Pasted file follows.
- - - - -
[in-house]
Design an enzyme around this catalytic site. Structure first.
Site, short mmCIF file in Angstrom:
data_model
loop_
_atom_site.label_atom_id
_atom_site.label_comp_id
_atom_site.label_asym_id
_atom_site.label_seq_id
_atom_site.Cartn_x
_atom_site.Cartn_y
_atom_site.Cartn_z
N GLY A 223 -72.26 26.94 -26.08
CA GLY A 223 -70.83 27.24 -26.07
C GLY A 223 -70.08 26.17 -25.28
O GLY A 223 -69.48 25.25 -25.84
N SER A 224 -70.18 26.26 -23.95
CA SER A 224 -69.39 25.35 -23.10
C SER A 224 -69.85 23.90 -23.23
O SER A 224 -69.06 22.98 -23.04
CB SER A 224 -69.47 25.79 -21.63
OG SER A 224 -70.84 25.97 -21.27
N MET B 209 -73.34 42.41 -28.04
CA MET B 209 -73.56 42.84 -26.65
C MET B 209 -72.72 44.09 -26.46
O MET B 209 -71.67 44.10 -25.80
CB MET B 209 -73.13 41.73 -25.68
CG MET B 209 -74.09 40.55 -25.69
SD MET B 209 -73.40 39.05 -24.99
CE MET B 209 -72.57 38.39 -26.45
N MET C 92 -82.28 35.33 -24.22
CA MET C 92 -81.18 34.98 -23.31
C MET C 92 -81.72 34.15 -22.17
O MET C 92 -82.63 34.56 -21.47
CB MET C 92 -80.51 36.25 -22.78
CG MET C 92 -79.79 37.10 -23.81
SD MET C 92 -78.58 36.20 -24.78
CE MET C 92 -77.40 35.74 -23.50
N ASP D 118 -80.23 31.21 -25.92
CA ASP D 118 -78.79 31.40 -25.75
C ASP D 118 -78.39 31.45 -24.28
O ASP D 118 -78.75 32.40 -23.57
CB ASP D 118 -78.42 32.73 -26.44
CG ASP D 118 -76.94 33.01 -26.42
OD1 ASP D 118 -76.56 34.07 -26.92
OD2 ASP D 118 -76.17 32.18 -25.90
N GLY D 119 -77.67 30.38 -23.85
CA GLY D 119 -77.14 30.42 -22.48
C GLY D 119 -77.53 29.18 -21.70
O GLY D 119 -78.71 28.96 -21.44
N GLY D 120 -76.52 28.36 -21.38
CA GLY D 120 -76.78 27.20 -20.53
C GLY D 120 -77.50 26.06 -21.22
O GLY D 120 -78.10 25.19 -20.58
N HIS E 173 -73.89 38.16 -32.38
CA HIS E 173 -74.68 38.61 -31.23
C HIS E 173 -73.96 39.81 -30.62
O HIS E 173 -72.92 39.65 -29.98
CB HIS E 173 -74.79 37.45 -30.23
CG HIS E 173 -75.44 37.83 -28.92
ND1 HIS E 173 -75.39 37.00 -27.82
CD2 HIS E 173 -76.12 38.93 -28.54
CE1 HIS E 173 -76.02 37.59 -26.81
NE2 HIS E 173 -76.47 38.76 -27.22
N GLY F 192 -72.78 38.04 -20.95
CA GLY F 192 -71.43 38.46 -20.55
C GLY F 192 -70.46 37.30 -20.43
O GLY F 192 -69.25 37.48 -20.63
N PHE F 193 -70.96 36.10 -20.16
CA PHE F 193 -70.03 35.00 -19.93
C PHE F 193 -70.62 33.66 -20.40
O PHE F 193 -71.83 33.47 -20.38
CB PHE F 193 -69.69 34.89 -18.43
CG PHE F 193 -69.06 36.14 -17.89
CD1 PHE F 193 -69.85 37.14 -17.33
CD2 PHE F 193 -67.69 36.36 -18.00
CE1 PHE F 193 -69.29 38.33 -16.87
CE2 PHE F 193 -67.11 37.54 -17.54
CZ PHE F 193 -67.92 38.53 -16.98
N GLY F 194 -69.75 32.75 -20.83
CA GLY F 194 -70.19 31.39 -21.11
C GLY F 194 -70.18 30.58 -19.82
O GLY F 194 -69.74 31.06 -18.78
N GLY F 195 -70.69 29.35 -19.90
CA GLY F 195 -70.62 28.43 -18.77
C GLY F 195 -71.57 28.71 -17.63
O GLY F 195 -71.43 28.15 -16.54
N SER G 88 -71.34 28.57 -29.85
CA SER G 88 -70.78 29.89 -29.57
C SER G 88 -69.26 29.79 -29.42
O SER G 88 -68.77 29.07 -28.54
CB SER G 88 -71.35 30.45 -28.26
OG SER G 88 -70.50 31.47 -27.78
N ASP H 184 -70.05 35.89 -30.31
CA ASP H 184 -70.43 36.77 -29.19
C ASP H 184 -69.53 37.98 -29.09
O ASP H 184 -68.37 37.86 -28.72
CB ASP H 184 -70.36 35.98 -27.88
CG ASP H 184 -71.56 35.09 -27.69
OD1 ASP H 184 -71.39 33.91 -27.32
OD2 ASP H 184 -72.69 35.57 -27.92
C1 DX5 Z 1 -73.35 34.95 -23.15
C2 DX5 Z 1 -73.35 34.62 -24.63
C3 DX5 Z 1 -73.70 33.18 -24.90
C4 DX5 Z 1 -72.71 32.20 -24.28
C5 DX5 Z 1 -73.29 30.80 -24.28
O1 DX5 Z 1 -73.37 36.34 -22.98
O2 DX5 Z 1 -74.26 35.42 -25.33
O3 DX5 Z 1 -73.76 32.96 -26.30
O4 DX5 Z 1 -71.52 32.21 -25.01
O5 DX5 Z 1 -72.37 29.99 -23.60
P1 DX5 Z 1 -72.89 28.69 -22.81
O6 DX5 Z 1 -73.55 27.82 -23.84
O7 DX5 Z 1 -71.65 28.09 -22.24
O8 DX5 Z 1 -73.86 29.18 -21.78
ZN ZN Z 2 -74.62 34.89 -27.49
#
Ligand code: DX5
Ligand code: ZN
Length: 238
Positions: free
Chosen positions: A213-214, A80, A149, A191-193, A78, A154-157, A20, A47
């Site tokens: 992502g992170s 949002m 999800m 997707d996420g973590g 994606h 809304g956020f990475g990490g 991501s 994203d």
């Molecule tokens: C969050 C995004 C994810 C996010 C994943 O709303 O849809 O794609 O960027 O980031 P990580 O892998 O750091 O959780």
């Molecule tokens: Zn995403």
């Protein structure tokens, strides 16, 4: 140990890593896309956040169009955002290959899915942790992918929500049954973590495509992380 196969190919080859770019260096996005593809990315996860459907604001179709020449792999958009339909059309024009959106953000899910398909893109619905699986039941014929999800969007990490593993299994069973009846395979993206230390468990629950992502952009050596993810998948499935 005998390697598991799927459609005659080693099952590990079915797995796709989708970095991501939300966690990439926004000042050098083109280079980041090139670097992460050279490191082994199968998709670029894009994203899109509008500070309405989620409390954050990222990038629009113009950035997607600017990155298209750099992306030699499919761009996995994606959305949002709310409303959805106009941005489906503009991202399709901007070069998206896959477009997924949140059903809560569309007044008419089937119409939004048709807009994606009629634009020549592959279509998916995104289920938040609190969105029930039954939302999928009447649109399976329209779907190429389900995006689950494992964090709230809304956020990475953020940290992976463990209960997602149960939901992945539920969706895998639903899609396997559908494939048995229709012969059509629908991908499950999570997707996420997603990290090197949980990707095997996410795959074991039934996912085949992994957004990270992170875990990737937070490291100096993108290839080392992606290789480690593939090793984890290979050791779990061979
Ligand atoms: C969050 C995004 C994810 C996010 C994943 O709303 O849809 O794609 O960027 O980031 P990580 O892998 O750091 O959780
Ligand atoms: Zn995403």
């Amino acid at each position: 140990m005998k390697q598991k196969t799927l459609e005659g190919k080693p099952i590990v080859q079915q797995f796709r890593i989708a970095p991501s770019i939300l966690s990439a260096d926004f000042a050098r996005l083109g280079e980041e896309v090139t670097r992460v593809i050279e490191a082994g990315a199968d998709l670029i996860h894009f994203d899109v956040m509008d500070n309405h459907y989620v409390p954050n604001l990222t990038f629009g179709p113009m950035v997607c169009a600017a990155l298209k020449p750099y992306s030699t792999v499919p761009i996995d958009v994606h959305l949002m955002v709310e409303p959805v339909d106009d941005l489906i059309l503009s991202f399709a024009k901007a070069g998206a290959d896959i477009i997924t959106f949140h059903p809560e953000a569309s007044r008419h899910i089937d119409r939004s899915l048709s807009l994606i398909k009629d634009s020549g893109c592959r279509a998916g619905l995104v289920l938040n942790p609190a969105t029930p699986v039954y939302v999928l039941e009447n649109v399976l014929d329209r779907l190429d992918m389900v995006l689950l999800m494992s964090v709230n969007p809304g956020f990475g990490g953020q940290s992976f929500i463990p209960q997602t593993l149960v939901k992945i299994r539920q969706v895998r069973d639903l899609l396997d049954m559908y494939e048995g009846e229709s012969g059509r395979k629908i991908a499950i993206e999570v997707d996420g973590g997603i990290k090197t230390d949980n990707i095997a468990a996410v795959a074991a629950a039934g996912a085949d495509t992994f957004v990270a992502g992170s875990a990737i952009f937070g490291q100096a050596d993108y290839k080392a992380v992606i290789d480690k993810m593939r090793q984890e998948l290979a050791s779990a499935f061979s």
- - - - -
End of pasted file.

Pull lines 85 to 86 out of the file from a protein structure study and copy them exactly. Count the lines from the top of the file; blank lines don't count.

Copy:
CA GLY F 195 -70.62 28.43 -18.77
C GLY F 195 -71.57 28.71 -17.63